Large-cap companies, also referred to as big-cap, have a market capitalization of $10 billion or more. Large-cap stocks offer stability to a portfolio, but they’re less likely to offer large returns. At the end of 2020, large-cap companies accounted for almost 92% of the U.S. equities market and include notable companies such as Apple, Microsoft, and Amazon. Large-cap companies are more likely to pay dividends than small- or mid-cap stocks due to their size. Dividend payments are not guaranteed and many be reduced or eliminated at any time by the company.

Partner With A Professional

We know that when it comes to investing your money, there’s a lot to learn. If you’re feeling overwhelmed by the decisions in front of you, we encourage you to partner with a professional financial advisor like our team members at Nichols Financial Strategies. We educate you about your options and help you strategize the optimal allocations for your investment portfolio. Reach out to us at 559-440-6999 or by email at matt@nfstrategies.com to see how we can help. 

About Matt

Matthew Nichols is founder, CEO, and wealth advisor at Nichols Financial Strategies with more than 20 years of experience in the financial industry. He spends his days serving business owners and families, specializing in helping those in the agriculture industry proactively prepare for the unique challenges they face in a rapidly changing economy. Matt is an Accredited Investment Fiduciary® (AIF®) and holds his FINRA Series 7 and 63 securities registrations with LPL Financial and his California State Life & Health Insurance license. He’s also dedicated to continuing his education and staying abreast of the latest financial trends and strategies. Matt’s mission is to help his clients transfer wealth from one generation to the next and work toward achieving their goals so they can spend more time on what they love most. Matt was born and raised in the California Central Valley and resides in Fresno with his wife, Christy, and their two daughters, Holly and Jillian. He enjoys golf, traveling, skiing, and spending quality time with his family. To learn more about Matt, connect with him on LinkedIn.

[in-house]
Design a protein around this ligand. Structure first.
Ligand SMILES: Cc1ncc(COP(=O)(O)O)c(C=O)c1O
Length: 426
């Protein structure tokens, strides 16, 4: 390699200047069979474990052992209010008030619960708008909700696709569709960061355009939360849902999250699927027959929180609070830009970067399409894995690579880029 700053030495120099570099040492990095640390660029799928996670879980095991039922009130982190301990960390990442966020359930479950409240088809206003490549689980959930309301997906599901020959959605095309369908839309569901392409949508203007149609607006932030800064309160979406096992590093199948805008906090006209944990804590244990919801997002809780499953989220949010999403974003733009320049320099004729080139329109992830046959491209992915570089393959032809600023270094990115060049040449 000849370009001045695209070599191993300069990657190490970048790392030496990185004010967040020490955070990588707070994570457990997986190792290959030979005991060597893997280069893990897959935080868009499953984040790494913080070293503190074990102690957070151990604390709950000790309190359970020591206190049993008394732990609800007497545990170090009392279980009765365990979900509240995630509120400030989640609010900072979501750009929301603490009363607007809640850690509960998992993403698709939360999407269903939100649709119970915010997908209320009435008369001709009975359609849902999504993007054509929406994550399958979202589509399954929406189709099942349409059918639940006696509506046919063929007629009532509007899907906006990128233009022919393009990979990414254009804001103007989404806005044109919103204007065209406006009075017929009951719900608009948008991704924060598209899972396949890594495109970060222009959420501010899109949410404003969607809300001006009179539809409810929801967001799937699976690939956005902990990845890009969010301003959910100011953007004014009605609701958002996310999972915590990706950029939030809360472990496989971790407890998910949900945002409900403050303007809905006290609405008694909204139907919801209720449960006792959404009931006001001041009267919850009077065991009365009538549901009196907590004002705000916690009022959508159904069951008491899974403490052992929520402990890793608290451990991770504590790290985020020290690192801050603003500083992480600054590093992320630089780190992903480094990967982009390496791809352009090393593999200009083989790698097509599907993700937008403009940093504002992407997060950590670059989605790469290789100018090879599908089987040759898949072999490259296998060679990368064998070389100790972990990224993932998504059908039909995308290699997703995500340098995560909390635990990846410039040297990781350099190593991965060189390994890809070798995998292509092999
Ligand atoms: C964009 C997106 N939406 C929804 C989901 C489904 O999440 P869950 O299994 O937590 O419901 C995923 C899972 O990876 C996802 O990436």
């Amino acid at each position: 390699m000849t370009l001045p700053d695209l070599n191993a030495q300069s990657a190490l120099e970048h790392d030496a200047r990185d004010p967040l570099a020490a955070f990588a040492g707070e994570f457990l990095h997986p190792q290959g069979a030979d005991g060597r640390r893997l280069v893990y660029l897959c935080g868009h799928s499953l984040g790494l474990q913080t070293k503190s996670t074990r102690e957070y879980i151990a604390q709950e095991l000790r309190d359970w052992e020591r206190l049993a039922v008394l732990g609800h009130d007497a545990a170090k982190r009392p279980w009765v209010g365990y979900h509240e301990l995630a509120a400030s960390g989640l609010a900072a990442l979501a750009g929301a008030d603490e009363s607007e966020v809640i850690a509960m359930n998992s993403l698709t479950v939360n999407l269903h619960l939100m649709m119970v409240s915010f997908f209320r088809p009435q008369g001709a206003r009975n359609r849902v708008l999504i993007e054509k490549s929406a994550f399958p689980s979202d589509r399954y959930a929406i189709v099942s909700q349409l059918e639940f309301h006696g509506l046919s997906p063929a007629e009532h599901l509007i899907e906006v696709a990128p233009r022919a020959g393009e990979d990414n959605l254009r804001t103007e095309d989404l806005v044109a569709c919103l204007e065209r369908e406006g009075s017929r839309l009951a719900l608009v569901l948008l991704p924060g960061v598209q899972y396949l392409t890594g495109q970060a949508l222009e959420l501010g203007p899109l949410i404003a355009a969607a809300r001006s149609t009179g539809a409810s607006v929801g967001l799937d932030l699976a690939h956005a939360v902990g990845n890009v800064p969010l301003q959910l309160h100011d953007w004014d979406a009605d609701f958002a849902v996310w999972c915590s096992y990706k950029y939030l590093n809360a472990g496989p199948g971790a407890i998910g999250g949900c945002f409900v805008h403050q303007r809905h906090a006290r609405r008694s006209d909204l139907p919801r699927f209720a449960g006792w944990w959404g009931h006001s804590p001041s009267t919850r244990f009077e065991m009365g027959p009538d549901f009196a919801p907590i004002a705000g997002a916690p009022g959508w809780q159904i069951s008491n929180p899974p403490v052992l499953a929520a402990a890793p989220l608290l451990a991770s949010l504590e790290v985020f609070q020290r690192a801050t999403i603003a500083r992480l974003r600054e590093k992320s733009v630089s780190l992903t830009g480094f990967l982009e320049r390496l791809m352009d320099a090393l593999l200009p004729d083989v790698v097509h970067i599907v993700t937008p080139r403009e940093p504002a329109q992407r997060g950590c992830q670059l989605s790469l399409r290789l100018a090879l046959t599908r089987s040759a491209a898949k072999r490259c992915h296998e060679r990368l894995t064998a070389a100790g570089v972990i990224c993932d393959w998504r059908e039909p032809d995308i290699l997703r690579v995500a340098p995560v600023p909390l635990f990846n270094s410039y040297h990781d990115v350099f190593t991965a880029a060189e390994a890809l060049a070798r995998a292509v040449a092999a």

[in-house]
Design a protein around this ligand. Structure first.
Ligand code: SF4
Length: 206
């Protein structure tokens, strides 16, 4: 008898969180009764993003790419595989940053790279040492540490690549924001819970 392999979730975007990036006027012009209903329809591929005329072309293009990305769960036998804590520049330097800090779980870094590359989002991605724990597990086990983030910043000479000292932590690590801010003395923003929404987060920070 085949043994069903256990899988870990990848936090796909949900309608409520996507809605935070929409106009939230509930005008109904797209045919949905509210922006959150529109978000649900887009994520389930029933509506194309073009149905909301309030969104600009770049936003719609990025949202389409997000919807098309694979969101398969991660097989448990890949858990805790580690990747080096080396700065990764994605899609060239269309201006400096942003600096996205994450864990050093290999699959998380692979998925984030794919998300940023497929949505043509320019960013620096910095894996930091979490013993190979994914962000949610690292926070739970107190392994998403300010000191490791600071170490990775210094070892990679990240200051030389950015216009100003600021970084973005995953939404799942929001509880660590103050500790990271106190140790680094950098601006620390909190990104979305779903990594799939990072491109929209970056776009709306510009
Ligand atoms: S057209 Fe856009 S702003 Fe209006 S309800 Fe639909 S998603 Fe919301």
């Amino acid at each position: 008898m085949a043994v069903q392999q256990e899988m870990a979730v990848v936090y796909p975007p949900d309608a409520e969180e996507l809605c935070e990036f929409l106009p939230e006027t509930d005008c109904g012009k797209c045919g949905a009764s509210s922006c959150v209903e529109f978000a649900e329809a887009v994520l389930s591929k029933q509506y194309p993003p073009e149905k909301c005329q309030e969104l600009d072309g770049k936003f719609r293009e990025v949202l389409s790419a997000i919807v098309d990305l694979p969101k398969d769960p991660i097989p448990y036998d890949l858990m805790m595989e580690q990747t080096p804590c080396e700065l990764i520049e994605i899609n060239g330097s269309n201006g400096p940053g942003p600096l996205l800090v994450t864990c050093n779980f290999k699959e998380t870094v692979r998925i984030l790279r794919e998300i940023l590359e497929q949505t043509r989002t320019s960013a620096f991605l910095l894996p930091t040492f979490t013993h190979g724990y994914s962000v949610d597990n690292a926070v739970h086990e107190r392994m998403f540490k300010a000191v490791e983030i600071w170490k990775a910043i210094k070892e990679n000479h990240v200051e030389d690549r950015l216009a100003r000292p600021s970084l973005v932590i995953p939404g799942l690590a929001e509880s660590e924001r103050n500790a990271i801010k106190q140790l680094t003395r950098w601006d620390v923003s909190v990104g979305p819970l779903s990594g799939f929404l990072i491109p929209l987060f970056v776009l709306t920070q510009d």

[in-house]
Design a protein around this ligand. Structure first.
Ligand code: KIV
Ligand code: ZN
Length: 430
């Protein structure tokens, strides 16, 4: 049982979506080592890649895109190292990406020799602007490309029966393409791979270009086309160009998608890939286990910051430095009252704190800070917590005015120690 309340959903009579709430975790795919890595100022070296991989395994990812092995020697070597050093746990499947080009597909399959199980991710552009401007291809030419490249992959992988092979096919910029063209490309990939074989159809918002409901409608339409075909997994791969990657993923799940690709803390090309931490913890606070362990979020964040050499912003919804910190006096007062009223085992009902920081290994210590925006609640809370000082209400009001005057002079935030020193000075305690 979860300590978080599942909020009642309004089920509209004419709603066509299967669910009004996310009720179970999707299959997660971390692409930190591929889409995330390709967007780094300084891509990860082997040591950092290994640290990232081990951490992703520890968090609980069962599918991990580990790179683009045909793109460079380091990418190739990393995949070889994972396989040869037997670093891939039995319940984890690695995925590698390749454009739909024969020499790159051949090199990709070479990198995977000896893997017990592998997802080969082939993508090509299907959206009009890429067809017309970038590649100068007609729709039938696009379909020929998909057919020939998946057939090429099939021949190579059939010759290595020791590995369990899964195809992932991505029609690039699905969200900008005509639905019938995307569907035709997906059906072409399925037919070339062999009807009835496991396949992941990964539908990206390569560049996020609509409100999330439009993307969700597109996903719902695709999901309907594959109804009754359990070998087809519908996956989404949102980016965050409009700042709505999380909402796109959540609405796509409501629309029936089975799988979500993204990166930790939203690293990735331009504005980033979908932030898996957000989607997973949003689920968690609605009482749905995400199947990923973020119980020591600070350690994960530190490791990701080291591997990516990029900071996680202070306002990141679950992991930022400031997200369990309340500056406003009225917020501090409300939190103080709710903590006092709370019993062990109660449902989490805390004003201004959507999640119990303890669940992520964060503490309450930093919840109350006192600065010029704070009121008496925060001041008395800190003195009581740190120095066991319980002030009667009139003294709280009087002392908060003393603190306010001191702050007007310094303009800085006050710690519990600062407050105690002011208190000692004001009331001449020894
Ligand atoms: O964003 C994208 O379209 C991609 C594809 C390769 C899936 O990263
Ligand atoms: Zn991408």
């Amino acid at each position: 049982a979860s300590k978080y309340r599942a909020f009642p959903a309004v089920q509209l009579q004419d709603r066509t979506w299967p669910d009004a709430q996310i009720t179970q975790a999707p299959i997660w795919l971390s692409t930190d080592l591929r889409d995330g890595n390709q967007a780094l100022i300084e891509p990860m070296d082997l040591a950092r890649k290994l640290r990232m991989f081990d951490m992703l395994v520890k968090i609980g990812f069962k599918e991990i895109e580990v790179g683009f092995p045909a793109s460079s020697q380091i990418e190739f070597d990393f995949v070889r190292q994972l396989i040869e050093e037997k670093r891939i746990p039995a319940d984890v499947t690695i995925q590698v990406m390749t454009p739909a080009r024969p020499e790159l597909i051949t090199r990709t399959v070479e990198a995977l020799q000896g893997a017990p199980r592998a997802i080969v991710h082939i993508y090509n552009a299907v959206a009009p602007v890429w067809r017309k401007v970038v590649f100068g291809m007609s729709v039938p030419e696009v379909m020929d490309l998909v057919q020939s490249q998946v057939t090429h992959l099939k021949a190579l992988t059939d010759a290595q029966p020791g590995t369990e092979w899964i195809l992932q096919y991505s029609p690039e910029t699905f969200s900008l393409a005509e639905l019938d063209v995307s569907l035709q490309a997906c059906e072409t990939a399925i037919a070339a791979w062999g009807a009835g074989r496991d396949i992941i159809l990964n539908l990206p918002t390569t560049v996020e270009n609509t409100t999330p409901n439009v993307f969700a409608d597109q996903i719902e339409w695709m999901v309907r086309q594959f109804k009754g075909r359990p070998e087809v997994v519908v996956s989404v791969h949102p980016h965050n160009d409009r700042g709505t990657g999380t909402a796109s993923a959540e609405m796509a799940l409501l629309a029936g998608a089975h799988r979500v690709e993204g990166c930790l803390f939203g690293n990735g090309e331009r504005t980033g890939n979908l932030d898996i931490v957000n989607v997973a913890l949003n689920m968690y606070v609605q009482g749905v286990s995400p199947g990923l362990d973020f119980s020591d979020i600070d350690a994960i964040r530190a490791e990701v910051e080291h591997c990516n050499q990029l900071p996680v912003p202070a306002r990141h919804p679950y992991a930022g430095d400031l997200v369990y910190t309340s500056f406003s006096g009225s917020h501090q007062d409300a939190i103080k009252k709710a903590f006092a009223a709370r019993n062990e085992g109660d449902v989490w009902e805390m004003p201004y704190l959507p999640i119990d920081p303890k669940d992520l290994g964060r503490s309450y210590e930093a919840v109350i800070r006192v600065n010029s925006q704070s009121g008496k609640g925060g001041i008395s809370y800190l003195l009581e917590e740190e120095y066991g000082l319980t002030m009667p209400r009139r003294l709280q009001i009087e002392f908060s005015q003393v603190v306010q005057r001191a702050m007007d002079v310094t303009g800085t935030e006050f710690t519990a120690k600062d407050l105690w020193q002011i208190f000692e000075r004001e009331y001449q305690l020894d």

Matthew Nichols is a Registered Representative with, and Securities and Advisory Services offered through LPL Financial, a Registered Investment Advisor.  Member FINRA/SIPC. There is no guarantee that a diversified portfolio will enhance overall returns or outperform a non-diversified portfolio. Diversification and asset allocation do not protect against market risk. Any company names noted herein are for educational purposes only and not an indication of trading intent or a solicitation of their products or services. LPL Financial doesn’t provide research on individual equities.

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(1) https://www.investopedia.com/insights/understanding-small-and-big-cap-stocks/#:~:text=Big%2Dcap%20stocks%20are%20large,outperform%20their%20large%2Dcap%20peers.